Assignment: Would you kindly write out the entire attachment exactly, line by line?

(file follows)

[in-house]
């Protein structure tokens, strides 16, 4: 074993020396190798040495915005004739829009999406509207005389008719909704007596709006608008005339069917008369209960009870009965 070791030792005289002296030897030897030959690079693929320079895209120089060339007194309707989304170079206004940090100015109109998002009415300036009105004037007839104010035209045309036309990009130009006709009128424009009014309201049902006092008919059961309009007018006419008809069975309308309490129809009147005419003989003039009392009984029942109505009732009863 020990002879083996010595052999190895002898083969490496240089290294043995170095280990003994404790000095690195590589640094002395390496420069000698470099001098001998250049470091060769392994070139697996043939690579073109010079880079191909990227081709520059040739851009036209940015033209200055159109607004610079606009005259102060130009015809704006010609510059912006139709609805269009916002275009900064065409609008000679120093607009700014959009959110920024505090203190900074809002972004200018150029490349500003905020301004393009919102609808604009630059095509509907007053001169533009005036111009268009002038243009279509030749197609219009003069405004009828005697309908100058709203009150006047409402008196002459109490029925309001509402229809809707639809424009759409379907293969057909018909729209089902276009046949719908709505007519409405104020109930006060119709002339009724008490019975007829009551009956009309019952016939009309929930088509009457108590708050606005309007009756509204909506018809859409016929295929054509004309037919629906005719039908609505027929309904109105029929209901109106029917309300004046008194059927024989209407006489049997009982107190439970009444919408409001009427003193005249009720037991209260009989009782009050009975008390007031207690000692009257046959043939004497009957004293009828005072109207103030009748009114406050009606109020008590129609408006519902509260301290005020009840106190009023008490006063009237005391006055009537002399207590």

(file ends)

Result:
[in-house]
């Protein structure tokens, strides 16, 4: 074993020396190798040495915005004739829009999406509207005389008719909704007596709006608008005339069917008369209960009870009965 070791030792005289002296030897030897030959690079693929320079895209120089060339007194309707989304170079206004940090100015109109998002009415300036009105004037007839104010035209045309036309990009130009006709009128424009009014309201049902006092008919059961309009007018006419008809069975309308309490129809009147005419003989003039009392009984029942109505009732009863 020990002879083996010595052999190895002898083969490496240089290294043995170095280990003994404790000095690195590589640094002395390496420069000698470099001098001998250049470091060769392994070139697996043939690579073109010079880079191909990227081709520059040739851009036209940015033209200055159109607004610079606009005259102060130009015809704006010609510059912006139709609805269009916002275009900064065409609008000679120093607009700014959009959110920024505090203190900074809002972004200018150029490349500003905020301004393009919102609808604009630059095509509907007053001169533009005036111009268009002038243009279509030749197609219009003069405004009828005697309908100058709203009150006047409402008196002459109490029925309001509402229809809707639809424009759409379907293969057909018909729209089902276009046949719908709505007519409405104020109930006060119709002339009724008490019975007829009551009956009309019952016939009309929930088509009457108590708050606005309007009756509204909506018809859409016929295929054509004309037919629906005719039908609505027929309904109105029929209901109106029917309300004046008194059927024989209407006489049997009982107190439970009444919408409001009427003193005249009720037991209260009989009782009050009975008390007031207690000692009257046959043939004497009957004293009828005072109207103030009748009114406050009606109020008590129609408006519902509260301290005020009840106190009023008490006063009237005391006055009537002399207590």